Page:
Global Financial Powerhouses on The Rise

Global Financial Powerhouses on The Rise The financial game is one that is a combination of strategy (economic and social) as well as luck. The fickleness of the system is a reason why so many developing countries find themselves unable to continually keep up in the game.

Our current global powerhouses have shown how it’s done by combing technology, the internet, green resources and social policy to provide a result that shows why they deserve to claim that title.

First on the list we have Germany. This country has always been recognised for its active support of green energy. It is astounding to know that almost 14 per cent of their power generation is sourced from purely renewable energy sources. Among these, they are one of the top countries that fully exploit hydroelectric power for what it’s worth.

Technological progression is not the most important factor in economic power – a concept that most countries in the world do not understand. Gender equality is the one of the main reasons that determines a country’s success.
Germany ranks the highest in the world for gender equality. They have utilised the role of women (who account for over 50% of the population) in society to grow businesses, healthcare and better political systems. In addition, they happen to be one of the only European countries who isn’t neck-deep in debt.

Global Financial Powerhouses on The Rise

A close second, Japan has the greatest energy and carbon productivity of all of the G20 countries. When it comes to the Gini index -which calculates income inequality – Japan hits one of the highest scores. The gap between rich and poor has remained relatively stable in Japan, which is another factor that has kept its internal inflation low.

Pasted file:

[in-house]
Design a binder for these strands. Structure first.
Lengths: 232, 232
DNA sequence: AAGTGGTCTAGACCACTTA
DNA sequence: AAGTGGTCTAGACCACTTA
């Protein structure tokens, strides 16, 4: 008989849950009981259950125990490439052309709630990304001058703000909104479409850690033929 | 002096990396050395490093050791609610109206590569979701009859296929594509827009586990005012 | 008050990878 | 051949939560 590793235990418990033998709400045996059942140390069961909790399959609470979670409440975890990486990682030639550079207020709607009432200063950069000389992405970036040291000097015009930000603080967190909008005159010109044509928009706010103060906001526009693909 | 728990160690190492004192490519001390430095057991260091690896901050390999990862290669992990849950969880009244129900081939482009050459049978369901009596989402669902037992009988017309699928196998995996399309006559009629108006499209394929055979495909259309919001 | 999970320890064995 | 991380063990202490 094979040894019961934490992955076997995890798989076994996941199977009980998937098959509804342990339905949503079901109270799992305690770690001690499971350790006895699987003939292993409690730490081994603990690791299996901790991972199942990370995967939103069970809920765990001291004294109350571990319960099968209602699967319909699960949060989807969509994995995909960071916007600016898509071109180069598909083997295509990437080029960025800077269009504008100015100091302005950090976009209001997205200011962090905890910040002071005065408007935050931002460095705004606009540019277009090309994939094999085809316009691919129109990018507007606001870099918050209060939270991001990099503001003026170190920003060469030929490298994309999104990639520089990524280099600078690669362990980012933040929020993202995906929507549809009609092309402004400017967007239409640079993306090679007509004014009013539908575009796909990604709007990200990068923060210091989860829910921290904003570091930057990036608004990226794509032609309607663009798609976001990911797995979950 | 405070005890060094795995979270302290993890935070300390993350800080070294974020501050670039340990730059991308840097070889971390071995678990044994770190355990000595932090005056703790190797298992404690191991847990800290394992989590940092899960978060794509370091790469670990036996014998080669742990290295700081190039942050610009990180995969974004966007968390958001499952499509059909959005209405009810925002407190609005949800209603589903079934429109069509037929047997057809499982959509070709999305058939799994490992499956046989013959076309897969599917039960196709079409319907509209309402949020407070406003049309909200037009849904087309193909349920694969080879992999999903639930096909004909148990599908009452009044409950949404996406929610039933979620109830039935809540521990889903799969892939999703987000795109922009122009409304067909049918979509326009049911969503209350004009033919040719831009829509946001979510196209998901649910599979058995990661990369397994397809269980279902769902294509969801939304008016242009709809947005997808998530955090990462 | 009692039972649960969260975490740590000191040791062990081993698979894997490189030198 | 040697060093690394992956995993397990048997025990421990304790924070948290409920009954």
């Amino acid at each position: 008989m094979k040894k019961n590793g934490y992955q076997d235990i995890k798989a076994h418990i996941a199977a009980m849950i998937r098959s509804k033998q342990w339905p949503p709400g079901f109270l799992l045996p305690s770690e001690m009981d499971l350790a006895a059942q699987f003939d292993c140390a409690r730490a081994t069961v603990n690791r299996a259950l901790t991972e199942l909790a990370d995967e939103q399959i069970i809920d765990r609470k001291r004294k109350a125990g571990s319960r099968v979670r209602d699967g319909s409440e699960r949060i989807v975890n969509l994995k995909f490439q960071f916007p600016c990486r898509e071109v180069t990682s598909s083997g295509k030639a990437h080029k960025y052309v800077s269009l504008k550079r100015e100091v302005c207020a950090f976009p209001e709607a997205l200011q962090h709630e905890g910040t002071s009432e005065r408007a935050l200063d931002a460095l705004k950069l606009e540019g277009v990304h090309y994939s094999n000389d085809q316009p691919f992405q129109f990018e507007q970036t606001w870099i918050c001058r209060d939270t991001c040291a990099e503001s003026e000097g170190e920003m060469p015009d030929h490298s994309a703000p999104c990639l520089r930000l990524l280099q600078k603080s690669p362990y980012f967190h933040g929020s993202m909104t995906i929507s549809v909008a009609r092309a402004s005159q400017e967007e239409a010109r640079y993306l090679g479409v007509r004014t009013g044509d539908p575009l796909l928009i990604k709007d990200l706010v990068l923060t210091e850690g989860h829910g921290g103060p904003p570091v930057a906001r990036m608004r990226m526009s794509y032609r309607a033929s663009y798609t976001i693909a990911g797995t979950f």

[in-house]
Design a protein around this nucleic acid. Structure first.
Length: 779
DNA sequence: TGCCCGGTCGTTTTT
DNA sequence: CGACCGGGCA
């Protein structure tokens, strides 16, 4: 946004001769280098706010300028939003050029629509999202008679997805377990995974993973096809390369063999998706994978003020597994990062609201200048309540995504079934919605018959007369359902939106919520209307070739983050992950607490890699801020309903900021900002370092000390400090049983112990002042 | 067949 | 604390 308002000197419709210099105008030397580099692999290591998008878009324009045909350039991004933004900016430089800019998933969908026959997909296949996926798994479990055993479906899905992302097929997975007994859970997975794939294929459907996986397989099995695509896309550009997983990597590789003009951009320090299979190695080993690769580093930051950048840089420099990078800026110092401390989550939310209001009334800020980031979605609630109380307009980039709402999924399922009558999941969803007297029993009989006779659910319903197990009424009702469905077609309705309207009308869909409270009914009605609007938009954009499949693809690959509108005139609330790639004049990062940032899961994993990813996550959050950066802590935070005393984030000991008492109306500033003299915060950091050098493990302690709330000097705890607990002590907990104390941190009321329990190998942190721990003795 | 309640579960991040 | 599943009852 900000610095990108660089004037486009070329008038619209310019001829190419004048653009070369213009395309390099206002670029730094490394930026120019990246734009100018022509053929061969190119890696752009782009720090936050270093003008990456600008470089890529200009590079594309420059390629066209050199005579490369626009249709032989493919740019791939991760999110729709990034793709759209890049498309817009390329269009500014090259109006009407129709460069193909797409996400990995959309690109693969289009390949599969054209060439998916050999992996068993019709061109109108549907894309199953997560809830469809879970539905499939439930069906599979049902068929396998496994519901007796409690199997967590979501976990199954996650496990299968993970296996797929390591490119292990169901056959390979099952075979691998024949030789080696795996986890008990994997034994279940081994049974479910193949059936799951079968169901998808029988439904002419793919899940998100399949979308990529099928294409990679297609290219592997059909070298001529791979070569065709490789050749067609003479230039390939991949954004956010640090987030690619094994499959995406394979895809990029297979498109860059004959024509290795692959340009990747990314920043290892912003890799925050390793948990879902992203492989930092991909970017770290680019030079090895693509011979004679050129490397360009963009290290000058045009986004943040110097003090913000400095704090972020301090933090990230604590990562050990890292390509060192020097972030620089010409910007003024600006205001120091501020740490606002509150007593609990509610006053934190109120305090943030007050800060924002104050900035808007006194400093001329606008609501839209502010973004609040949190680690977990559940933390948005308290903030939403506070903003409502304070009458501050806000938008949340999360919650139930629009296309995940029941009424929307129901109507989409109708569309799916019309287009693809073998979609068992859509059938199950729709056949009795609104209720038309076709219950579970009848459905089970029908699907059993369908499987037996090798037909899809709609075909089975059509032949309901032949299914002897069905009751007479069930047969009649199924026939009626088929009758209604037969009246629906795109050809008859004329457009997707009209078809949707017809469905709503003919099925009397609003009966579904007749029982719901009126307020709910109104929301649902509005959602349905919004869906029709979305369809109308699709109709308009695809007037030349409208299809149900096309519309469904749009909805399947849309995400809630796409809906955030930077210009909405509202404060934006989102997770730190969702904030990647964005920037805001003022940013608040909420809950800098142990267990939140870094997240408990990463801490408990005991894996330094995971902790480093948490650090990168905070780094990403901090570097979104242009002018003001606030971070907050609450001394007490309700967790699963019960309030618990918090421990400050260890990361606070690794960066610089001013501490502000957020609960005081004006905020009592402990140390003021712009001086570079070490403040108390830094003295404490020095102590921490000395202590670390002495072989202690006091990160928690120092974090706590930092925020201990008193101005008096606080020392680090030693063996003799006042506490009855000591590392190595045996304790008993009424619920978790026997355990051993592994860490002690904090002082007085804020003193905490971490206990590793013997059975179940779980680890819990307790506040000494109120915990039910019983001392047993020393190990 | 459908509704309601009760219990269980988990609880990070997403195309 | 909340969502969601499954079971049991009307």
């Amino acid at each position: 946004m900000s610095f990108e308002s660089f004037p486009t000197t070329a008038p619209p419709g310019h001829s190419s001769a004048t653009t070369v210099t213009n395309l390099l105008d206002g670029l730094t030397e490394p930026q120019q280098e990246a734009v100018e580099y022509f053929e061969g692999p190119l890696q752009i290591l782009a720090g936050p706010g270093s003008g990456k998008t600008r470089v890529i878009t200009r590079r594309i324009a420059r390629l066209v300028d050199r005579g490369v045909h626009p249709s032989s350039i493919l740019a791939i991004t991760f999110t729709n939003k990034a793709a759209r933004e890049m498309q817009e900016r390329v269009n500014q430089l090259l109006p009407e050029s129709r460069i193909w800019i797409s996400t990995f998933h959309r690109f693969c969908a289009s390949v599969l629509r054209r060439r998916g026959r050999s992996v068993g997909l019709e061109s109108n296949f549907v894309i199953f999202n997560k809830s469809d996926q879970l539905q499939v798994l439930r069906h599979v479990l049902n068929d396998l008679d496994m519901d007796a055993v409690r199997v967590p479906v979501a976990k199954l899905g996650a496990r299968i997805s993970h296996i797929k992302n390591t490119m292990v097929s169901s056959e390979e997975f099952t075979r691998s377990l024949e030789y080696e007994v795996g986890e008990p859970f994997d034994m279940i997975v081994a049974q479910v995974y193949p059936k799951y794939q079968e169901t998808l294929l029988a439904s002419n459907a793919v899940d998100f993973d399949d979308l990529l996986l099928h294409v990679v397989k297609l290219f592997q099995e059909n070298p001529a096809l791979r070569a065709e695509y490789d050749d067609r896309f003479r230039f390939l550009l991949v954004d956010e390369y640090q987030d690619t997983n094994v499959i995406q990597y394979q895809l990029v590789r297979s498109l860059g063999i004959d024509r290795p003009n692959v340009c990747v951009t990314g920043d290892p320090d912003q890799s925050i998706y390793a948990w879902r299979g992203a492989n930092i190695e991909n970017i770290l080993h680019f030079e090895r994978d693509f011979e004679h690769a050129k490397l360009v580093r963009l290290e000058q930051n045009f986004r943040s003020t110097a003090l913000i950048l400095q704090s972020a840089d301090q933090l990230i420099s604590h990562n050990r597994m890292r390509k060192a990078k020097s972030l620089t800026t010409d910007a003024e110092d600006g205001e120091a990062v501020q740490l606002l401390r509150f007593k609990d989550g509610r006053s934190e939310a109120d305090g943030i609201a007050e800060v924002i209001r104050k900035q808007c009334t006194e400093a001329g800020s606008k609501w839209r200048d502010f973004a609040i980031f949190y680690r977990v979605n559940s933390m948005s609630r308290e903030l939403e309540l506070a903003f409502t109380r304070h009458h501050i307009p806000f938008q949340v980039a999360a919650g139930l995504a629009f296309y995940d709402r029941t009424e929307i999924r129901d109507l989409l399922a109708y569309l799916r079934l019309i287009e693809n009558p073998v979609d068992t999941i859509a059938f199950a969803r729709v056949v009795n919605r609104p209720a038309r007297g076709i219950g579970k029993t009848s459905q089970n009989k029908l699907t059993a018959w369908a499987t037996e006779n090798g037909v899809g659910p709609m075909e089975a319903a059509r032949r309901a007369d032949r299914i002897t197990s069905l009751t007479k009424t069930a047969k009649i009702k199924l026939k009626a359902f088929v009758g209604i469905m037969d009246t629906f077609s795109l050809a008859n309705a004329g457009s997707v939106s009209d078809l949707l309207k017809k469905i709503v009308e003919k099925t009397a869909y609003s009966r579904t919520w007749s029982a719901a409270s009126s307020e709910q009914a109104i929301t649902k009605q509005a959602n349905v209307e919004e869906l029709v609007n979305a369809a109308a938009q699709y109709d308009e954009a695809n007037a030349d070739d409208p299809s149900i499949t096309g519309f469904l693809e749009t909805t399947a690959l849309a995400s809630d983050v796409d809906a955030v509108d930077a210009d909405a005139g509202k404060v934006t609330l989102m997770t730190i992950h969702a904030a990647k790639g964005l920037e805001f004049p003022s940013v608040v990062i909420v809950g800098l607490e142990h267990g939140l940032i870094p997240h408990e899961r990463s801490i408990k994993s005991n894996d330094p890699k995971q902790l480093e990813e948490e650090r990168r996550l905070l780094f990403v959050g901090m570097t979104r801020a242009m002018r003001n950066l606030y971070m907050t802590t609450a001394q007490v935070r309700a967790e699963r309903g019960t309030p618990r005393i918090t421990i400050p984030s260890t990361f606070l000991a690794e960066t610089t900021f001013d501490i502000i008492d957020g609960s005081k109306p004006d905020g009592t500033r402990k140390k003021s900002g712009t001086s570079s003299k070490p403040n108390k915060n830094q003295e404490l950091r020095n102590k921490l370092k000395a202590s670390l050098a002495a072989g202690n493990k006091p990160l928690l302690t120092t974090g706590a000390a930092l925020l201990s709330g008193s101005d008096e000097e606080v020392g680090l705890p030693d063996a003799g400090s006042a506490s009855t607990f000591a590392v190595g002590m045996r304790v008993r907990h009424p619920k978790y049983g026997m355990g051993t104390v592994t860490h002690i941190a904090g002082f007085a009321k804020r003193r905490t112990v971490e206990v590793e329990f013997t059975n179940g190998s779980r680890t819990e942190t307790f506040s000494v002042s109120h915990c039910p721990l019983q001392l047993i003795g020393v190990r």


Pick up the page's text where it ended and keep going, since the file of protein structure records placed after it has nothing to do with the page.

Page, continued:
Though most think that the US is on the decline, the numbers show otherwise. It may not be winning as ostentatiously as it was a few years ago, but it has maintained itself – recession withstanding. The country ranks one of the highest on carbon and energy production, and rankssixth for GDP generated per metric ton of greenhouse gas emissions. This is a position it is expected to hold for the next decade.

Australia is considered the least corrupt country in the G20. It success is based on itseducation system, while offering access to services and equality. Although, a lot is left to do when it comes to using renewable energy.Green energy development is on the rise and its government is currently doing a more than competent job when it comes to social equality.

China has been a global superpower for the past 20 years. Thus its re-emergence should not be surprising to any economist. Its GDP growth is expected to continue at lightning pace – this may finally be the result of its the peaceful rise..China may just overtake the U.S as the world’s biggest economy in the next two years.

Economic growth in the U.S, though it is no longer declining, has reached a current standstill. The Conference Board reported that China is revving up its economic potential. Currently, China is sitting at a $5 trillion economy, while the U.S.A is at $15 trillion. Two years may be an exaggeration, but at this rate, China will be new superpower in at least ten years.